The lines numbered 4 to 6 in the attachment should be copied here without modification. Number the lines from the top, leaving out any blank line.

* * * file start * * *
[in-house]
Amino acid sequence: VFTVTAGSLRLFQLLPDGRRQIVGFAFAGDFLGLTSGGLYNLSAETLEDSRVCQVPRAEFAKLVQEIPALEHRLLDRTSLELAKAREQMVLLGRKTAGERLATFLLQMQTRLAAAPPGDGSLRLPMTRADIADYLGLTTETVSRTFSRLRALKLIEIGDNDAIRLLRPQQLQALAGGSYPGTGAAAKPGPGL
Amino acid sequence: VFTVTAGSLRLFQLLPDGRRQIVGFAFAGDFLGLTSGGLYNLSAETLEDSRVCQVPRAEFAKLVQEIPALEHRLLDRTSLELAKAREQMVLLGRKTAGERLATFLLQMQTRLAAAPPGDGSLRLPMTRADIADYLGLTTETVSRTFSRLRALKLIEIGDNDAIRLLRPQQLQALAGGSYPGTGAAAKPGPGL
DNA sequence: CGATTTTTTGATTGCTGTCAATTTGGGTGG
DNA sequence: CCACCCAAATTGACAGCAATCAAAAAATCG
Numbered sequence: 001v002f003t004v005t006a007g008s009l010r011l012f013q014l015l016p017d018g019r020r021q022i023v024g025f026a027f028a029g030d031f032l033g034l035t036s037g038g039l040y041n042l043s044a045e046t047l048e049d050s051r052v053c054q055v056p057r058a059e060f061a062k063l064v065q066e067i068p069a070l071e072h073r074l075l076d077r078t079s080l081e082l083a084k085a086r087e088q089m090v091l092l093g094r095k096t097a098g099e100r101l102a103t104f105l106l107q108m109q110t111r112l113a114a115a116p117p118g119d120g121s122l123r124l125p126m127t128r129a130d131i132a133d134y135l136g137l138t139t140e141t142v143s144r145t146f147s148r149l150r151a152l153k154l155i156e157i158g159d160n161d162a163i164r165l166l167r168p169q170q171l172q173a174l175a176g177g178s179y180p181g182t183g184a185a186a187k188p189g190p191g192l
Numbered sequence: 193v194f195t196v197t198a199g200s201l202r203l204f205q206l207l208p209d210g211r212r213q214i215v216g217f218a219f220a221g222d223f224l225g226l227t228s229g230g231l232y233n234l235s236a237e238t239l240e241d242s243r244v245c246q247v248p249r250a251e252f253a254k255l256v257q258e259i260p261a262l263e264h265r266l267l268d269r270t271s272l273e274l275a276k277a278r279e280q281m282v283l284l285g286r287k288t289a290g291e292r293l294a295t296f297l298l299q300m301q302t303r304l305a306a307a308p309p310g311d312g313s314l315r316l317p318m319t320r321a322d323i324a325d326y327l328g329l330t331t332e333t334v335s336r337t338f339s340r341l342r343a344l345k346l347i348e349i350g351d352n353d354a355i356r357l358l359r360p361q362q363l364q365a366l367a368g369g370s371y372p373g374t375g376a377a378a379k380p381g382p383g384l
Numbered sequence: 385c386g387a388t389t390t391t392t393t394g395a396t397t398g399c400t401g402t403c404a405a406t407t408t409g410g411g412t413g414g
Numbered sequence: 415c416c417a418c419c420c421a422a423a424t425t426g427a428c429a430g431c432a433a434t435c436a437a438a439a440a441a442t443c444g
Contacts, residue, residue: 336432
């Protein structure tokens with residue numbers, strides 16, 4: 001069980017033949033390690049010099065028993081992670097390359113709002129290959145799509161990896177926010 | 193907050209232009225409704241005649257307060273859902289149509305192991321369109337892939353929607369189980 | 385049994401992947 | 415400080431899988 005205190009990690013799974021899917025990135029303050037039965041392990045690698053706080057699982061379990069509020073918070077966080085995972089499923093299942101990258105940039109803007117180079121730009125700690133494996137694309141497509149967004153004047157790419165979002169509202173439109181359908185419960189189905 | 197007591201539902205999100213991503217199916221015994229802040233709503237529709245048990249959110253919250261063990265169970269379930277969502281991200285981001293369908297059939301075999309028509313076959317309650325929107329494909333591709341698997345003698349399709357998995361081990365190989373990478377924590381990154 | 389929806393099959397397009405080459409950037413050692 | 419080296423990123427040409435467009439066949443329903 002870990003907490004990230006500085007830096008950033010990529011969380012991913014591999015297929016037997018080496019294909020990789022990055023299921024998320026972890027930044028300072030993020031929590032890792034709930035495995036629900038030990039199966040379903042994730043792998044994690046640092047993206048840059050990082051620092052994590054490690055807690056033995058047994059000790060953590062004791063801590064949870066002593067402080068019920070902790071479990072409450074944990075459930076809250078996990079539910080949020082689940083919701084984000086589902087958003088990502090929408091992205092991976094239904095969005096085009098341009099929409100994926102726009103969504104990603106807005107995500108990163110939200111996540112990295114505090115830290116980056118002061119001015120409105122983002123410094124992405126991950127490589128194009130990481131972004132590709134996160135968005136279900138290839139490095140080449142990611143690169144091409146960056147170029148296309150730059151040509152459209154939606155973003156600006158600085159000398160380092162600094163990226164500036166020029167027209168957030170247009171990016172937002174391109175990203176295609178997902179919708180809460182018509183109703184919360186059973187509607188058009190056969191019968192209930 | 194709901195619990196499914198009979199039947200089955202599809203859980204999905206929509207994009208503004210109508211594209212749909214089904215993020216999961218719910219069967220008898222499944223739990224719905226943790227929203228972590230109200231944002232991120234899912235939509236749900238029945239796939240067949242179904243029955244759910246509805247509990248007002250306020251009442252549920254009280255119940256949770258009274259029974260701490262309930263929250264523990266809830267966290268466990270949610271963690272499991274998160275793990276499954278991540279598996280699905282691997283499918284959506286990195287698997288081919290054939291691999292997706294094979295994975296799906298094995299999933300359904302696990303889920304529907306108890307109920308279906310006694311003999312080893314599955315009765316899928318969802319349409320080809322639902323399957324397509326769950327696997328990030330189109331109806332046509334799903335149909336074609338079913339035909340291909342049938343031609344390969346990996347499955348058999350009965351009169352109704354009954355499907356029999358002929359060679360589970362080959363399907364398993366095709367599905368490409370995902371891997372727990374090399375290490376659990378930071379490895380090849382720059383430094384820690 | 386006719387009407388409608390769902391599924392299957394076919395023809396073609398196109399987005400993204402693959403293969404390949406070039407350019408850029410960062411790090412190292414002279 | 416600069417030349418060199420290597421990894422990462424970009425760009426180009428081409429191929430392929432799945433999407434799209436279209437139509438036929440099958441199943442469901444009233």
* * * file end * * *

DNA sequence: CGATTTTTTGATTGCTGTCAATTTGGGTGG
DNA sequence: CCACCCAAATTGACAGCAATCAAAAAATCG
Numbered sequence: 001v002f003t004v005t006a007g008s009l010r011l012f013q014l015l016p017d018g019r020r021q022i023v024g025f026a027f028a029g030d031f032l033g034l035t036s037g038g039l040y041n042l043s044a045e046t047l048e049d050s051r052v053c054q055v056p057r058a059e060f061a062k063l064v065q066e067i068p069a070l071e072h073r074l075l076d077r078t079s080l081e082l083a084k085a086r087e088q089m090v091l092l093g094r095k096t097a098g099e100r101l102a103t104f105l106l107q108m109q110t111r112l113a114a115a116p117p118g119d120g121s122l123r124l125p126m127t128r129a130d131i132a133d134y135l136g137l138t139t140e141t142v143s144r145t146f147s148r149l150r151a152l153k154l155i156e157i158g159d160n161d162a163i164r165l166l167r168p169q170q171l172q173a174l175a176g177g178s179y180p181g182t183g184a185a186a187k188p189g190p191g192l